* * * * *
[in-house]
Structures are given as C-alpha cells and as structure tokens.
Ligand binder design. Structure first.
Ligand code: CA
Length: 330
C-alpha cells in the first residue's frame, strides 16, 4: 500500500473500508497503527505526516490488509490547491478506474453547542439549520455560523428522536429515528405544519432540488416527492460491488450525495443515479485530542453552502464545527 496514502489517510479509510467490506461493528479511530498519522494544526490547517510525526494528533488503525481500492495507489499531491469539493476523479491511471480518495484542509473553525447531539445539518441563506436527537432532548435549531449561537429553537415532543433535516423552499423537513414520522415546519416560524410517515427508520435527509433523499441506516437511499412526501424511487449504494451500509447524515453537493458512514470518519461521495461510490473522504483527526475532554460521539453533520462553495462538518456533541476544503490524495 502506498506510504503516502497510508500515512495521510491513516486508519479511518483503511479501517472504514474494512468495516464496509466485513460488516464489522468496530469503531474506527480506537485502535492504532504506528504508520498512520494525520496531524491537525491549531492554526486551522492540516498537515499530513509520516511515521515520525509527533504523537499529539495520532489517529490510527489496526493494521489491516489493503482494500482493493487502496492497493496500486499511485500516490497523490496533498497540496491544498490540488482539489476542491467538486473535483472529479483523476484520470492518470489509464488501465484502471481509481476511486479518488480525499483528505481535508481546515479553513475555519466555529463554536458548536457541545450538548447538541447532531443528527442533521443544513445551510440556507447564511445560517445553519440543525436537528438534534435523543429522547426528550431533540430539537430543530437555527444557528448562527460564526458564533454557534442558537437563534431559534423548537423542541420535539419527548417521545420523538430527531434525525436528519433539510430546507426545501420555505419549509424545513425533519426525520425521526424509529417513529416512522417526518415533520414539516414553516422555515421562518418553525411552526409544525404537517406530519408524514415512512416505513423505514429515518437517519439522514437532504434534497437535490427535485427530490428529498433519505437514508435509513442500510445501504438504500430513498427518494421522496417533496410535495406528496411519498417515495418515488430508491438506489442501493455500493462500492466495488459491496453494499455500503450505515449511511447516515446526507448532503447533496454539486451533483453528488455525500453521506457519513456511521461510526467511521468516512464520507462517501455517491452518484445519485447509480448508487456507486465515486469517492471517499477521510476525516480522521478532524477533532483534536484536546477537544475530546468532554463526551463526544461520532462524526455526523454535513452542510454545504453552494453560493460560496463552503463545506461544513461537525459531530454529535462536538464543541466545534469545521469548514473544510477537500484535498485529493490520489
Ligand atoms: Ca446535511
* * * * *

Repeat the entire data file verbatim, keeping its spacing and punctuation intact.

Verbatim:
[in-house]
Structures are given as C-alpha cells and as structure tokens.
Ligand binder design. Structure first.
Ligand code: CA
Length: 330
C-alpha cells in the first residue's frame, strides 16, 4: 500500500473500508497503527505526516490488509490547491478506474453547542439549520455560523428522536429515528405544519432540488416527492460491488450525495443515479485530542453552502464545527 496514502489517510479509510467490506461493528479511530498519522494544526490547517510525526494528533488503525481500492495507489499531491469539493476523479491511471480518495484542509473553525447531539445539518441563506436527537432532548435549531449561537429553537415532543433535516423552499423537513414520522415546519416560524410517515427508520435527509433523499441506516437511499412526501424511487449504494451500509447524515453537493458512514470518519461521495461510490473522504483527526475532554460521539453533520462553495462538518456533541476544503490524495 502506498506510504503516502497510508500515512495521510491513516486508519479511518483503511479501517472504514474494512468495516464496509466485513460488516464489522468496530469503531474506527480506537485502535492504532504506528504508520498512520494525520496531524491537525491549531492554526486551522492540516498537515499530513509520516511515521515520525509527533504523537499529539495520532489517529490510527489496526493494521489491516489493503482494500482493493487502496492497493496500486499511485500516490497523490496533498497540496491544498490540488482539489476542491467538486473535483472529479483523476484520470492518470489509464488501465484502471481509481476511486479518488480525499483528505481535508481546515479553513475555519466555529463554536458548536457541545450538548447538541447532531443528527442533521443544513445551510440556507447564511445560517445553519440543525436537528438534534435523543429522547426528550431533540430539537430543530437555527444557528448562527460564526458564533454557534442558537437563534431559534423548537423542541420535539419527548417521545420523538430527531434525525436528519433539510430546507426545501420555505419549509424545513425533519426525520425521526424509529417513529416512522417526518415533520414539516414553516422555515421562518418553525411552526409544525404537517406530519408524514415512512416505513423505514429515518437517519439522514437532504434534497437535490427535485427530490428529498433519505437514508435509513442500510445501504438504500430513498427518494421522496417533496410535495406528496411519498417515495418515488430508491438506489442501493455500493462500492466495488459491496453494499455500503450505515449511511447516515446526507448532503447533496454539486451533483453528488455525500453521506457519513456511521461510526467511521468516512464520507462517501455517491452518484445519485447509480448508487456507486465515486469517492471517499477521510476525516480522521478532524477533532483534536484536546477537544475530546468532554463526551463526544461520532462524526455526523454535513452542510454545504453552494453560493460560496463552503463545506461544513461537525459531530454529535462536538464543541466545534469545521469548514473544510477537500484535498485529493490520489
Ligand atoms: Ca446535511